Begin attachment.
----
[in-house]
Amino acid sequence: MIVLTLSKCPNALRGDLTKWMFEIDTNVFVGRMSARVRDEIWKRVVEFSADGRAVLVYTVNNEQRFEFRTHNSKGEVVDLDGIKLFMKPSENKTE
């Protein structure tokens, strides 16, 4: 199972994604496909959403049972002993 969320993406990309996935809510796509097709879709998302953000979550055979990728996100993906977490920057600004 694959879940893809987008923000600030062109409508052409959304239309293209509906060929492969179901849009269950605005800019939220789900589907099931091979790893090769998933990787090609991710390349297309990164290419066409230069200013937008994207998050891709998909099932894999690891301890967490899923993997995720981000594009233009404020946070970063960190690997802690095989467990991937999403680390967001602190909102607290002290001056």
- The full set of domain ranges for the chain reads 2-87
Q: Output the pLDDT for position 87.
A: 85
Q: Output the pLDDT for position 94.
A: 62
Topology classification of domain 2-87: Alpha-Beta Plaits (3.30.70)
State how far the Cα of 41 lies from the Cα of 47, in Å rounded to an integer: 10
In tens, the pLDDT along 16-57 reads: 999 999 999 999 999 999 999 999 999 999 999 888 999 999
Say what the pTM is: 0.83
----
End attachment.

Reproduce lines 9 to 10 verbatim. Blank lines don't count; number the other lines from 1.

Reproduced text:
Topology classification of domain 2-87: Alpha-Beta Plaits (3.30.70)
State how far the Cα of 41 lies from the Cα of 47, in Å rounded to an integer: 10